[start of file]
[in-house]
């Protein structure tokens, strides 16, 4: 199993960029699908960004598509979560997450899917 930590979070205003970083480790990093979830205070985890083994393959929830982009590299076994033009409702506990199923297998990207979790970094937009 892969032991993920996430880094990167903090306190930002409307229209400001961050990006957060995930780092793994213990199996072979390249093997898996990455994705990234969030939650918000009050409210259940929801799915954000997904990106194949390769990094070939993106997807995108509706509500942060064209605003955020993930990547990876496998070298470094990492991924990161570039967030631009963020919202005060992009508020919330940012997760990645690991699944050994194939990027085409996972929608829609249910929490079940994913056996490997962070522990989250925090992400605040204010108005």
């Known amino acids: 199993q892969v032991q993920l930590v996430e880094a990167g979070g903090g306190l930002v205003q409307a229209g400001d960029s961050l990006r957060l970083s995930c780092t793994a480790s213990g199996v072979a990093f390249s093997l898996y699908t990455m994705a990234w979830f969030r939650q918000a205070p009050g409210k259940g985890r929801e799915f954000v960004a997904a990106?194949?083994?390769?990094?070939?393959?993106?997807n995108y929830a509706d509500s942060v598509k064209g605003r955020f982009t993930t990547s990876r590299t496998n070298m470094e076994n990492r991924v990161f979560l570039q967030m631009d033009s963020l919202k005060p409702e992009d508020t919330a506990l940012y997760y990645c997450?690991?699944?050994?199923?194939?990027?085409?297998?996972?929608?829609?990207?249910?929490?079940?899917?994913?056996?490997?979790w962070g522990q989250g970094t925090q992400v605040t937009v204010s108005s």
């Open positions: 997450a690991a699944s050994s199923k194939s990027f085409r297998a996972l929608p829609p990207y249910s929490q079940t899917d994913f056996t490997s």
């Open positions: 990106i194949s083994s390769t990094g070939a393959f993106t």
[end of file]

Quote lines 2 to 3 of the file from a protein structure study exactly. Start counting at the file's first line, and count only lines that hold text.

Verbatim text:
């Protein structure tokens, strides 16, 4: 199993960029699908960004598509979560997450899917 930590979070205003970083480790990093979830205070985890083994393959929830982009590299076994033009409702506990199923297998990207979790970094937009 892969032991993920996430880094990167903090306190930002409307229209400001961050990006957060995930780092793994213990199996072979390249093997898996990455994705990234969030939650918000009050409210259940929801799915954000997904990106194949390769990094070939993106997807995108509706509500942060064209605003955020993930990547990876496998070298470094990492991924990161570039967030631009963020919202005060992009508020919330940012997760990645690991699944050994194939990027085409996972929608829609249910929490079940994913056996490997962070522990989250925090992400605040204010108005």
């Known amino acids: 199993q892969v032991q993920l930590v996430e880094a990167g979070g903090g306190l930002v205003q409307a229209g400001d960029s961050l990006r957060l970083s995930c780092t793994a480790s213990g199996v072979a990093f390249s093997l898996y699908t990455m994705a990234w979830f969030r939650q918000a205070p009050g409210k259940g985890r929801e799915f954000v960004a997904a990106?194949?083994?390769?990094?070939?393959?993106?997807n995108y929830a509706d509500s942060v598509k064209g605003r955020f982009t993930t990547s990876r590299t496998n070298m470094e076994n990492r991924v990161f979560l570039q967030m631009d033009s963020l919202k005060p409702e992009d508020t919330a506990l940012y997760y990645c997450?690991?699944?050994?199923?194939?990027?085409?297998?996972?929608?829609?990207?249910?929490?079940?899917?994913?056996?490997?979790w962070g522990q989250g970094t925090q992400v605040t937009v204010s108005s």